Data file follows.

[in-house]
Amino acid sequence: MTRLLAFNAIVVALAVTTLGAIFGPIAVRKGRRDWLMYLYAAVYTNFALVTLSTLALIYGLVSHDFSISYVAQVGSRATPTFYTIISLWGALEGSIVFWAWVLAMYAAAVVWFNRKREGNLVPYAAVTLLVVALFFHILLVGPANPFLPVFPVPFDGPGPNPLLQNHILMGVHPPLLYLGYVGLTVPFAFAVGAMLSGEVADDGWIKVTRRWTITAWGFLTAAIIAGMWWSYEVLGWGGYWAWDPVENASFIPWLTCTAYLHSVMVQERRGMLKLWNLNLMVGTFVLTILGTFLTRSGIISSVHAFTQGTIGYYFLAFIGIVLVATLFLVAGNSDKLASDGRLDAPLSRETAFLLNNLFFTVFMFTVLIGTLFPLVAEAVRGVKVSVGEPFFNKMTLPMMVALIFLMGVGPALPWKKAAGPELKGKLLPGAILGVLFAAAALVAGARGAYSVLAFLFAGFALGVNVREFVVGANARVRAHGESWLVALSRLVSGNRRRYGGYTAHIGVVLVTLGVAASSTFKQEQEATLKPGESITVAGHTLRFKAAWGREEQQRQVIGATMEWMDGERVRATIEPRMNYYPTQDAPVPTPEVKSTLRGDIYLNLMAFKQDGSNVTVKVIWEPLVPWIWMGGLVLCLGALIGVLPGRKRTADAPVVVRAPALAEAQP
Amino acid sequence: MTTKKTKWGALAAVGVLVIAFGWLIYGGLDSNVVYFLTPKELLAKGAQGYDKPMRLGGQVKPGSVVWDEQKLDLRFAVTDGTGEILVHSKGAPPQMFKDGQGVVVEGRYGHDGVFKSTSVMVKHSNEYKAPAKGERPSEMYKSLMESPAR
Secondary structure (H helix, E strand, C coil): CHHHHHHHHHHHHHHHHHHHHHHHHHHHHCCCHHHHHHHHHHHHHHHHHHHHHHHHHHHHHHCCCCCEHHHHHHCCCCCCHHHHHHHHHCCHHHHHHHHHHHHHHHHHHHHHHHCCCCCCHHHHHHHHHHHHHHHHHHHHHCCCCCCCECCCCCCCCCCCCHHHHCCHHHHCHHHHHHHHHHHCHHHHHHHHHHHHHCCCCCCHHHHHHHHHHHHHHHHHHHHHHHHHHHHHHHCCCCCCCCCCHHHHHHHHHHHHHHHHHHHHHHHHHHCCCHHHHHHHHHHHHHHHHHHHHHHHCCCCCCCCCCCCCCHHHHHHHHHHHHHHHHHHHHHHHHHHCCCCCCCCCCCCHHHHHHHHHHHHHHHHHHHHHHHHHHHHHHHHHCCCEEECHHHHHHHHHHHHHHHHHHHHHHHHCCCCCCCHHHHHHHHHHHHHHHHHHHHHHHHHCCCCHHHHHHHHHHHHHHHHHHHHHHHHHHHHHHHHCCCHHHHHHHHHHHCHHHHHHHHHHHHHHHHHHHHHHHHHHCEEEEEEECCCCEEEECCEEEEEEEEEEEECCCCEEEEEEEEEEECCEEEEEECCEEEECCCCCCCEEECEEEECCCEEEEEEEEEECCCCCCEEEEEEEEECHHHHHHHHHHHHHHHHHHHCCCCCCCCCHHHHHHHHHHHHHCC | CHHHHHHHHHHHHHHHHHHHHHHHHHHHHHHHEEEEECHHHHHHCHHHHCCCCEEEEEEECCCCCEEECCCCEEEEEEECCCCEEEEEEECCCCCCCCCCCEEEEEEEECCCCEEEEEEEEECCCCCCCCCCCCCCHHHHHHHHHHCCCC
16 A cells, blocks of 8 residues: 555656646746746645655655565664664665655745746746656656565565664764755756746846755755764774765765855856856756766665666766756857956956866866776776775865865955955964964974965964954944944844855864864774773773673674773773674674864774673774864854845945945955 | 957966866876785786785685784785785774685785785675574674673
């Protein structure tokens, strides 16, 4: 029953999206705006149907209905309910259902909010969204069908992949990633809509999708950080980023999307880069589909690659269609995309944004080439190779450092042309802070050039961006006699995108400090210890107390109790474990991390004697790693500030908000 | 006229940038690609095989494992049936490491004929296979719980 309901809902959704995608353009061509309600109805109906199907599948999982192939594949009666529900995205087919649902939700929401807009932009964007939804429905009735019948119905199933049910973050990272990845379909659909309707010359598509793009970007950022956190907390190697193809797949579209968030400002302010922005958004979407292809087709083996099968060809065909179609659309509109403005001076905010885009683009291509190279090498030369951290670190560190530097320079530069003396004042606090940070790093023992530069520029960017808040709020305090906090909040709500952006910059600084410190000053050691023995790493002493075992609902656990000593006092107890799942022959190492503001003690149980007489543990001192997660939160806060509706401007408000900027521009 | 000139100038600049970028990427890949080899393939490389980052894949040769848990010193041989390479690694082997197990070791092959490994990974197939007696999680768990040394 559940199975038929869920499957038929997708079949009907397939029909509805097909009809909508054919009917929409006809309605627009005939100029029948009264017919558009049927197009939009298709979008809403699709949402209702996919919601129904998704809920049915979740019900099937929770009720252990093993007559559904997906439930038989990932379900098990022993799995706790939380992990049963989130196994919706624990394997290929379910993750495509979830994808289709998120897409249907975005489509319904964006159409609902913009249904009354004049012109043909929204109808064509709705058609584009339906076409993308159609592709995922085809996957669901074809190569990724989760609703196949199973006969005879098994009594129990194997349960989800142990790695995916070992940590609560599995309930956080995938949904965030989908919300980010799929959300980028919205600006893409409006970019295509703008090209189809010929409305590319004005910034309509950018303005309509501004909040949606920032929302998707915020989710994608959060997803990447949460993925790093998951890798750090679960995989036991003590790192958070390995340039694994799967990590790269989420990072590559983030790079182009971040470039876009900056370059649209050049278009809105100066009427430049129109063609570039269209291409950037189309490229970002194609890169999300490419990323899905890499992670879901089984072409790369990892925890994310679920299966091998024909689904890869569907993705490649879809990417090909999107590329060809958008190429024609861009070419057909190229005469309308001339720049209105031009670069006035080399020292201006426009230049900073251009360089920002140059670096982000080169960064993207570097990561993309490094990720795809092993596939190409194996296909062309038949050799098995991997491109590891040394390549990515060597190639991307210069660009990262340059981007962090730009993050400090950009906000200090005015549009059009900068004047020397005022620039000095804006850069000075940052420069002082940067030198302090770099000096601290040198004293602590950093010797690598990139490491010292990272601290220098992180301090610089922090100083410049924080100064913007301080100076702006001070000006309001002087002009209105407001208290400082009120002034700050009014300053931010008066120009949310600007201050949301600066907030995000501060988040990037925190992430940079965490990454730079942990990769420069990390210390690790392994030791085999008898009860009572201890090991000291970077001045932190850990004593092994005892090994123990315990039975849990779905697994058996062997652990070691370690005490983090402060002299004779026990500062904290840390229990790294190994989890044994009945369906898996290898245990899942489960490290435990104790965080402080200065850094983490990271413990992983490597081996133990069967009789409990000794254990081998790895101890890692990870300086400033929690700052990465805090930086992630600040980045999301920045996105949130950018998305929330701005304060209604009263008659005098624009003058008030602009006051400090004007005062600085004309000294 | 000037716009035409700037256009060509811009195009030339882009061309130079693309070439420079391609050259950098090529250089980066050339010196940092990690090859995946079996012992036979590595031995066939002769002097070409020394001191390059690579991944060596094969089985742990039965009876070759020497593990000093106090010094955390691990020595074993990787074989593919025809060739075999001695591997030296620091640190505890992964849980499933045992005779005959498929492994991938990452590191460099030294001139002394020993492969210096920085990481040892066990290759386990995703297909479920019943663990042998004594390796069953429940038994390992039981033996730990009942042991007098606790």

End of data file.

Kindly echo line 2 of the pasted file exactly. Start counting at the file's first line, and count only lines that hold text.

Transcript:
Amino acid sequence: MTRLLAFNAIVVALAVTTLGAIFGPIAVRKGRRDWLMYLYAAVYTNFALVTLSTLALIYGLVSHDFSISYVAQVGSRATPTFYTIISLWGALEGSIVFWAWVLAMYAAAVVWFNRKREGNLVPYAAVTLLVVALFFHILLVGPANPFLPVFPVPFDGPGPNPLLQNHILMGVHPPLLYLGYVGLTVPFAFAVGAMLSGEVADDGWIKVTRRWTITAWGFLTAAIIAGMWWSYEVLGWGGYWAWDPVENASFIPWLTCTAYLHSVMVQERRGMLKLWNLNLMVGTFVLTILGTFLTRSGIISSVHAFTQGTIGYYFLAFIGIVLVATLFLVAGNSDKLASDGRLDAPLSRETAFLLNNLFFTVFMFTVLIGTLFPLVAEAVRGVKVSVGEPFFNKMTLPMMVALIFLMGVGPALPWKKAAGPELKGKLLPGAILGVLFAAAALVAGARGAYSVLAFLFAGFALGVNVREFVVGANARVRAHGESWLVALSRLVSGNRRRYGGYTAHIGVVLVTLGVAASSTFKQEQEATLKPGESITVAGHTLRFKAAWGREEQQRQVIGATMEWMDGERVRATIEPRMNYYPTQDAPVPTPEVKSTLRGDIYLNLMAFKQDGSNVTVKVIWEPLVPWIWMGGLVLCLGALIGVLPGRKRTADAPVVVRAPALAEAQP